Crafting Our Values
By Dr. Klondike Steadman
About a year ago, I realized the importance of creating a set of values that expresses what Orpheus Academy stands for. At first, my intention was to simply create these values to guide new teachers through their mentorship and training. Since the Orpheus approach to teaching is unique, I wanted to give new teachers strong guideposts that they could apply from their first day forward. The more I thought about it, however, the more I realized that these values could be beneficial for every member of our community, not just our teachers.
A set of defined values would help our students understand how to engage with their education with increasing independence, it would help our administrative staff deliver value to families with more meaning, and it would help parents understand our thought process and how to assist their children’s experience in positive ways.
As usual when I get excited about a project, I didn’t realize just how difficult this was going to be. The task of accurately representing all of our students, teachers, families, and staff, and what they each consider to be our community's collective purpose, ended up being complex.
To help guide this process I did some research, and pulled a lot from the book Traction by the entrepreneur Gino Wickman. For me, the most important takeaway from this was that creating a set of values should be collaborative, and that the values should describe who we are at the current moment as well as who we want to become.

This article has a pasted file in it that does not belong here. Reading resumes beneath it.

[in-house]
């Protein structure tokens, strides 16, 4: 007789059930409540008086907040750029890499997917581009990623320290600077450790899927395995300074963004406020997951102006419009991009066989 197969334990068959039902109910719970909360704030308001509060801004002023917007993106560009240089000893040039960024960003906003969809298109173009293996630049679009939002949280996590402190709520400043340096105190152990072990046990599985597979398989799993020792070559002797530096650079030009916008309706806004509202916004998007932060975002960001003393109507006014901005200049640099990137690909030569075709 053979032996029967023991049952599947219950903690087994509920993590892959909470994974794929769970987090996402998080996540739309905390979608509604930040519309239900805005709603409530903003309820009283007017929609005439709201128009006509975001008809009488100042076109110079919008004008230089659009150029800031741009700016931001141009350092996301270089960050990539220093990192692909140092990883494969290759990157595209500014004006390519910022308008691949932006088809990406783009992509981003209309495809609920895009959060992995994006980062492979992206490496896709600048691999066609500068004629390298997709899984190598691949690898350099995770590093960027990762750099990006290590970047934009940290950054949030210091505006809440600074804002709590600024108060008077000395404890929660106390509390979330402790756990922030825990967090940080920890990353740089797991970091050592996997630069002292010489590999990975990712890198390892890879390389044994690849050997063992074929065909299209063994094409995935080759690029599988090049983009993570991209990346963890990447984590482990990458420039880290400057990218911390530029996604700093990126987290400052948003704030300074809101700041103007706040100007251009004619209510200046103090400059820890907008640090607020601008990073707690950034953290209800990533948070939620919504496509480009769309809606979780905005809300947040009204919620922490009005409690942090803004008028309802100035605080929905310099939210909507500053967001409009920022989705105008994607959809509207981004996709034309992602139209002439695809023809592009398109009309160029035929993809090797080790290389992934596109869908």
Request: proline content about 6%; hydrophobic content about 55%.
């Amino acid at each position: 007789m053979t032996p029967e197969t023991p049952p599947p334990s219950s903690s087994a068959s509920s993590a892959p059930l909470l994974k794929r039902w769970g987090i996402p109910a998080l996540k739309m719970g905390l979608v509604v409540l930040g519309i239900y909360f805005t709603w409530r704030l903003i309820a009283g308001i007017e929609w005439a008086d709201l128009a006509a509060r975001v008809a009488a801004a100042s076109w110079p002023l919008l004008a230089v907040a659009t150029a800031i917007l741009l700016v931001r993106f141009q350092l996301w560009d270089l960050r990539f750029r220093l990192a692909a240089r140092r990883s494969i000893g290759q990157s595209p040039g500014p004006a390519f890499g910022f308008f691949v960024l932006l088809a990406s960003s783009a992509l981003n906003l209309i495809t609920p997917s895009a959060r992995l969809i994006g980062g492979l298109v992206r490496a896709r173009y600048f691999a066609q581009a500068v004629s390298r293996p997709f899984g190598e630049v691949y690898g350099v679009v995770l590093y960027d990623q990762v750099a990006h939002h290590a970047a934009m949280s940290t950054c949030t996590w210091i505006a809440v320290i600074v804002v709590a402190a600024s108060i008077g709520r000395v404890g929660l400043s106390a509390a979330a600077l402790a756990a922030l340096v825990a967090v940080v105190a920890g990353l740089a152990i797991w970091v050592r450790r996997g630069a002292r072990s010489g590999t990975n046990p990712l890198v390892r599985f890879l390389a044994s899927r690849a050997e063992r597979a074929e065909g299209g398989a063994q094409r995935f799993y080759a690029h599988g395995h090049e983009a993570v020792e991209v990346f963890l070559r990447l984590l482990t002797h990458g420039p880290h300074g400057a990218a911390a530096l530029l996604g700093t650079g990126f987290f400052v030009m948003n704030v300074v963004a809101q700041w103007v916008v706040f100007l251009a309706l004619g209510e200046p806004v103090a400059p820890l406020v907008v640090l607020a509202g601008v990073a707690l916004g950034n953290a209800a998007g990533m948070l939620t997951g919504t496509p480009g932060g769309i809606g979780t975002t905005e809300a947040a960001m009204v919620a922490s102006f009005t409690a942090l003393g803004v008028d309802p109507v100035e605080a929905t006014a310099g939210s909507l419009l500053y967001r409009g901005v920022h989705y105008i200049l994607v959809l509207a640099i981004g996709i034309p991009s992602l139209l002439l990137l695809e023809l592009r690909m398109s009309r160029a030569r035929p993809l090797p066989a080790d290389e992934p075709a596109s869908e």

I then set up a values committee to periodically meet and discuss our shared and unique experiences, including working with students, learning music ourselves, being parents, collaborating with each other as teachers, our approaches to developing curriculum and lesson plans, the latest research on practice and childhood development, and much, much, more! At the core of each of these discussions were two questions: Why were each of these experiences important? And how did they create an impact?
About halfway through this process, we went into lockdown and had to transition to teaching completely online. Our values discussions had to take a back seat for the time being, as we adapted our systems and helped our students transition smoothly to online learning. But eventually we knew it was time to return to the difficult and important work of discovering our values. After all, a unified vision for our community is more important now than ever.
Once we started boiling our ideas down to their key elements, we spent months synthesizing, discussing, going back to the drawing board, synthesizing again, and finally writing (and re-writing), with many feedback sessions in between. The whole process took much longer than expected, but the experience helped us understand ourselves, our students, and our community better than ever. In the end it was worth the extra time thinking, discussing, and collaborating with members of our community to ensure their thoughts and ideas were heard and incorporated.
So (drumroll please), I hope the following values truly embody what we are all striving to achieve here together: